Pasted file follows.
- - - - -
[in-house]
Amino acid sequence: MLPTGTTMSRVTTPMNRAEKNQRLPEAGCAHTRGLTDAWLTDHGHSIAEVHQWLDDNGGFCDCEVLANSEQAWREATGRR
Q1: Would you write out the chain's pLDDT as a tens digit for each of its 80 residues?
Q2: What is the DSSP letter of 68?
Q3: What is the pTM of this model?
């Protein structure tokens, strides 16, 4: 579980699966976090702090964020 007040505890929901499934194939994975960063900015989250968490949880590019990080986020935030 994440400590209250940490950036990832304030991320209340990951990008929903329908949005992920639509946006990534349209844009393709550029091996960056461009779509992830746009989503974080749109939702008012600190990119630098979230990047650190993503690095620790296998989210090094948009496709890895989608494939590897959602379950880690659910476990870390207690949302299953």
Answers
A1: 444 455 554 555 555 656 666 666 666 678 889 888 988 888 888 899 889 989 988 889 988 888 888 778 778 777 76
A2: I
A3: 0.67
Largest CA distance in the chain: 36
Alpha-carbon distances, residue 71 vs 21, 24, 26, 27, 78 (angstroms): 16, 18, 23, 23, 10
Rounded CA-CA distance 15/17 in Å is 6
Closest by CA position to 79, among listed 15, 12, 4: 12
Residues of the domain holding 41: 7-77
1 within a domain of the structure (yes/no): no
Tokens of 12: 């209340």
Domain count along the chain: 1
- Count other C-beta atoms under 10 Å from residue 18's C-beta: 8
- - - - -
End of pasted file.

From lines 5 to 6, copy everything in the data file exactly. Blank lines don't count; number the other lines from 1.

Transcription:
Q3: What is the pTM of this model?
């Protein structure tokens, strides 16, 4: 579980699966976090702090964020 007040505890929901499934194939994975960063900015989250968490949880590019990080986020935030 994440400590209250940490950036990832304030991320209340990951990008929903329908949005992920639509946006990534349209844009393709550029091996960056461009779509992830746009989503974080749109939702008012600190990119630098979230990047650190993503690095620790296998989210090094948009496709890895989608494939590897959602379950880690659910476990870390207690949302299953």